6. This applies only to cancellations or postponements due to a confirmed Ebola outbreak in your travel destination as booked by Jobovic Safaris. For all other cancellations or postponements, our regular terms and conditions and standard cancellation policy will apply.

We hope this offer of a 100% refund will set your mind at ease, that you are not taking a financial risk by booking a trip to Africa during this time.

Why are you so confident? Isn’t Ebola very serious?

Yes and no. It is serious in three, small, West African countries called Sierra Leone, Liberia and Guinea. In the rest of Africa, the risk of Ebola is not serious at all. Here is a summary of some points that will explain why we are so confident. If you still have doubts about travelling to South Africa, these points will hopefully help to put things in perspective and ease any concerns you may have regarding Ebola:

  • Ebola is not airborne and does not spread very easily. The only people who get infected are those with direct contact with Ebola victims or bodies, such as direct family members or health care workers. You won’t get Ebola from someone on a plane – if someone has contagious Ebola they won’t even be on a plane. And simply being close to someone with Ebola will not spread the virus.
  • South Africa has been denying entry to all visitors from the three affected nations in West Africa, and actively screens all incoming passengers at all airports. The same is true for Botswana and Zimbabwe. This means it is highly unlikely that we will see Ebola cases entering Southern Africa.
  • At the time of writing, in over 10 months since the start of the outbreak (the first 5-6 months with no screening measures in place) absolutely no cases of Ebola have occurred in South Africa (nor anywhere else in Southern or East Africa). This shows how low the risk is and how exaggerated the media-generated fears have been.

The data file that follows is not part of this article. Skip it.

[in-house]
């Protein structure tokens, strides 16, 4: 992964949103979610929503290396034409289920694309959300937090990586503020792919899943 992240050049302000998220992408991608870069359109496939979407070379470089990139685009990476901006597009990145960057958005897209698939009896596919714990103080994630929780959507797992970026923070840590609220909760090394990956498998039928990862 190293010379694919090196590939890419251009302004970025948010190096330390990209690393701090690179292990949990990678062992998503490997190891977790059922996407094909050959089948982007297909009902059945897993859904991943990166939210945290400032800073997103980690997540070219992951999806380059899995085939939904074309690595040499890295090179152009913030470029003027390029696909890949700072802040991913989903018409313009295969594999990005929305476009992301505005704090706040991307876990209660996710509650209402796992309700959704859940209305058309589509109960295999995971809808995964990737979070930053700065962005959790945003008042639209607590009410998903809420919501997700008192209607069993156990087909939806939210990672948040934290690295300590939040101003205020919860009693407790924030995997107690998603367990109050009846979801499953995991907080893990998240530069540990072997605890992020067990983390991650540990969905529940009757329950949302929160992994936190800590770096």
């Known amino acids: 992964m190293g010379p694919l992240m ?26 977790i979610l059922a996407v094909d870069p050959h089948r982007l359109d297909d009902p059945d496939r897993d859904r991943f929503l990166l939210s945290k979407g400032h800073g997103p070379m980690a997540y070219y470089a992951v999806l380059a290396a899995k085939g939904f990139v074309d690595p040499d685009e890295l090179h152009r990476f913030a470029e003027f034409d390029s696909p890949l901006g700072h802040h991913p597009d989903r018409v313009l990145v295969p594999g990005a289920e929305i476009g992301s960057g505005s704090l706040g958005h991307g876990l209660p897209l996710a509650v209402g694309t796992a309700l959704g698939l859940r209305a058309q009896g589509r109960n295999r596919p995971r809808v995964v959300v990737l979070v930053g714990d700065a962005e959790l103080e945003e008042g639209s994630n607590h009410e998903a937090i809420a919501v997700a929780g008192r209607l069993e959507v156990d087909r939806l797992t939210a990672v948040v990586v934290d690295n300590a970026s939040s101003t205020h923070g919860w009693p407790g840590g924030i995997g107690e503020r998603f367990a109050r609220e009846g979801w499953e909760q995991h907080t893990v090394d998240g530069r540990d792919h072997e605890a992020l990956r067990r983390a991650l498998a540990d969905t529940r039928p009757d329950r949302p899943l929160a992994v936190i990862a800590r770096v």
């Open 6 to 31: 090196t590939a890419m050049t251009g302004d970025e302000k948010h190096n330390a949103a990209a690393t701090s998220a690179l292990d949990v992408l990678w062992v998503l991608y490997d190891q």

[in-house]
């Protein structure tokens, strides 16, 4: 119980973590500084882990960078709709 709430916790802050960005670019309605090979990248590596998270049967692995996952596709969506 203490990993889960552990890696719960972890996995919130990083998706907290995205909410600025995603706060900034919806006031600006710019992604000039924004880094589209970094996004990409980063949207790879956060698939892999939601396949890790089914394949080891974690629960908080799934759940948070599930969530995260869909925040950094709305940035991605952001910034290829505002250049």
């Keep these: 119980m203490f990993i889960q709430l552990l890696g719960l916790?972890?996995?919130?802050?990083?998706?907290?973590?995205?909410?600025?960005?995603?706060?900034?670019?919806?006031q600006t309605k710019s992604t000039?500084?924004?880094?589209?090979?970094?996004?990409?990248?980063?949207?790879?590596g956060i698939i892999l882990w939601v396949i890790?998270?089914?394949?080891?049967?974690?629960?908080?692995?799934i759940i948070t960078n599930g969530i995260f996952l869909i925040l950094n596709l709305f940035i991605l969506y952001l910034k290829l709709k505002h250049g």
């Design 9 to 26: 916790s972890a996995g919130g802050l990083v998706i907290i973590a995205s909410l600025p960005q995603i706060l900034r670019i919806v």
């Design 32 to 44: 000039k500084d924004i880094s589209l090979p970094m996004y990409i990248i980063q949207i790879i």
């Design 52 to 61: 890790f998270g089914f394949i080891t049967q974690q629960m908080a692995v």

• Those countries that have had isolated cases of Ebola (usually imported cases of health workers returning from West Africa) have all successfully contained the virus and it is has not led to an outbreak of Ebola in any of these countries, including third world countries like Nigeria and Senegal, which are now completely Ebola free after successfully containing their few isolated cases.
  • In the first 10 months since the outbreak, 4500 deaths and 9000 cases of Ebola have been reported, almost exclusively in West Africa. This sounds like a lot, but during this same time, up to 40,000 Americans are estimated to have died from the common flu, and up to 500,000 people are estimated to have died from malaria worldwide. This is not to trivialize the deaths due to Ebola but puts the crisis and figures in perspective. Ebola remains a tiny, insignificant blip on the list of the world’s most serious diseases to worry about.
  • Geographically, cities like Miami, London, Paris, Lisbon, and many other European and American destinations are situated much closer to the center of the Ebola outbreak than Johannesburg, South Africa. Africa is not one country but a huge continent and the distances are massive. Johannesburg has one of the most modern airports in the world, with excellent screening and quarantine facilities. You will be thousands of miles from the nearest Ebola case, and there is no more risk of being infected with Ebola by travelling to Southern Africa as there is from travelling to Europe or the US.
  • With the world’s airports and health care systems on high alert now, the chances that this Ebola outbreak will spread to other countries (beyond isolated, imported cases as we have already seen in many countries and have all been contained) is virtually zero. Ebola is nothing new, it has been with us for many years and we have seen many previous outbreaks. It is much less serious than the bird flu epidemic we saw a few years ago, simply because it is not airborne, not very contagious and easy to prevent infection with even the most basic precautions.